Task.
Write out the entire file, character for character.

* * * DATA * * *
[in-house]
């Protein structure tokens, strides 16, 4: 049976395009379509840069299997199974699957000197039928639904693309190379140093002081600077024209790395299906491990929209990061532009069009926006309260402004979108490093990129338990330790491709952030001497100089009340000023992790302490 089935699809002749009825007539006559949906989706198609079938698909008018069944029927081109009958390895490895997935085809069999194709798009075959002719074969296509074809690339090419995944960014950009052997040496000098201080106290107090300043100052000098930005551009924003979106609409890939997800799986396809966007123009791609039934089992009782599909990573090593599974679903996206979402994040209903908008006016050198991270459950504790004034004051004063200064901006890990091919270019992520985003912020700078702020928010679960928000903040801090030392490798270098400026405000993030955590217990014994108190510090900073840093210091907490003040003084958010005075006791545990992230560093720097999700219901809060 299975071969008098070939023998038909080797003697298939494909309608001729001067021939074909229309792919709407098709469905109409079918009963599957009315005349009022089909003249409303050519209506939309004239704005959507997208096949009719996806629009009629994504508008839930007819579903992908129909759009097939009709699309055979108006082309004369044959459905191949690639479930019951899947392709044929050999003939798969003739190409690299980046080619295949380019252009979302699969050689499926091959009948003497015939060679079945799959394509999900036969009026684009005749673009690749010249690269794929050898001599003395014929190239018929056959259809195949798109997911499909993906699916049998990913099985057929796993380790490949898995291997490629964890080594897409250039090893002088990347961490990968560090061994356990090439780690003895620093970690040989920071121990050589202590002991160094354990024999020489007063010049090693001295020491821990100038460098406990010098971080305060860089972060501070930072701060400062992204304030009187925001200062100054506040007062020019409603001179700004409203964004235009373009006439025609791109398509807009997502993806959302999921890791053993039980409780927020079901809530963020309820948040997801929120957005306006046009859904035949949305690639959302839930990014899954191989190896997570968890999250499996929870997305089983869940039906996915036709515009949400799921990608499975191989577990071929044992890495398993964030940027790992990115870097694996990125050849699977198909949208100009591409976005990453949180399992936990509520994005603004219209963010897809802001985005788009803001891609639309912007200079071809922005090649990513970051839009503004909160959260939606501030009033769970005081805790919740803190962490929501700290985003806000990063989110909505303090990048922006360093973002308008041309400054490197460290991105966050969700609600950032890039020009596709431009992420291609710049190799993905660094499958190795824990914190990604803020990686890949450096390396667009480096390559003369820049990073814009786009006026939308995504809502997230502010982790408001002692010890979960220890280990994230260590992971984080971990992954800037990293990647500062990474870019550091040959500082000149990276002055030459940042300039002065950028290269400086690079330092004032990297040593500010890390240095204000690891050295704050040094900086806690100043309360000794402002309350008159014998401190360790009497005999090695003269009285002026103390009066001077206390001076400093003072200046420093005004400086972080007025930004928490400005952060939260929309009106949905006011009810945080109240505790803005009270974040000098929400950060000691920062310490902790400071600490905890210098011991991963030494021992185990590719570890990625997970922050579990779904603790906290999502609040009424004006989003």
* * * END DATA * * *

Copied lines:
[in-house]
């Protein structure tokens, strides 16, 4: 049976395009379509840069299997199974699957000197039928639904693309190379140093002081600077024209790395299906491990929209990061532009069009926006309260402004979108490093990129338990330790491709952030001497100089009340000023992790302490 089935699809002749009825007539006559949906989706198609079938698909008018069944029927081109009958390895490895997935085809069999194709798009075959002719074969296509074809690339090419995944960014950009052997040496000098201080106290107090300043100052000098930005551009924003979106609409890939997800799986396809966007123009791609039934089992009782599909990573090593599974679903996206979402994040209903908008006016050198991270459950504790004034004051004063200064901006890990091919270019992520985003912020700078702020928010679960928000903040801090030392490798270098400026405000993030955590217990014994108190510090900073840093210091907490003040003084958010005075006791545990992230560093720097999700219901809060 299975071969008098070939023998038909080797003697298939494909309608001729001067021939074909229309792919709407098709469905109409079918009963599957009315005349009022089909003249409303050519209506939309004239704005959507997208096949009719996806629009009629994504508008839930007819579903992908129909759009097939009709699309055979108006082309004369044959459905191949690639479930019951899947392709044929050999003939798969003739190409690299980046080619295949380019252009979302699969050689499926091959009948003497015939060679079945799959394509999900036969009026684009005749673009690749010249690269794929050898001599003395014929190239018929056959259809195949798109997911499909993906699916049998990913099985057929796993380790490949898995291997490629964890080594897409250039090893002088990347961490990968560090061994356990090439780690003895620093970690040989920071121990050589202590002991160094354990024999020489007063010049090693001295020491821990100038460098406990010098971080305060860089972060501070930072701060400062992204304030009187925001200062100054506040007062020019409603001179700004409203964004235009373009006439025609791109398509807009997502993806959302999921890791053993039980409780927020079901809530963020309820948040997801929120957005306006046009859904035949949305690639959302839930990014899954191989190896997570968890999250499996929870997305089983869940039906996915036709515009949400799921990608499975191989577990071929044992890495398993964030940027790992990115870097694996990125050849699977198909949208100009591409976005990453949180399992936990509520994005603004219209963010897809802001985005788009803001891609639309912007200079071809922005090649990513970051839009503004909160959260939606501030009033769970005081805790919740803190962490929501700290985003806000990063989110909505303090990048922006360093973002308008041309400054490197460290991105966050969700609600950032890039020009596709431009992420291609710049190799993905660094499958190795824990914190990604803020990686890949450096390396667009480096390559003369820049990073814009786009006026939308995504809502997230502010982790408001002692010890979960220890280990994230260590992971984080971990992954800037990293990647500062990474870019550091040959500082000149990276002055030459940042300039002065950028290269400086690079330092004032990297040593500010890390240095204000690891050295704050040094900086806690100043309360000794402002309350008159014998401190360790009497005999090695003269009285002026103390009066001077206390001076400093003072200046420093005004400086972080007025930004928490400005952060939260929309009106949905006011009810945080109240505790803005009270974040000098929400950060000691920062310490902790400071600490905890210098011991991963030494021992185990590719570890990625997970922050579990779904603790906290999502609040009424004006989003």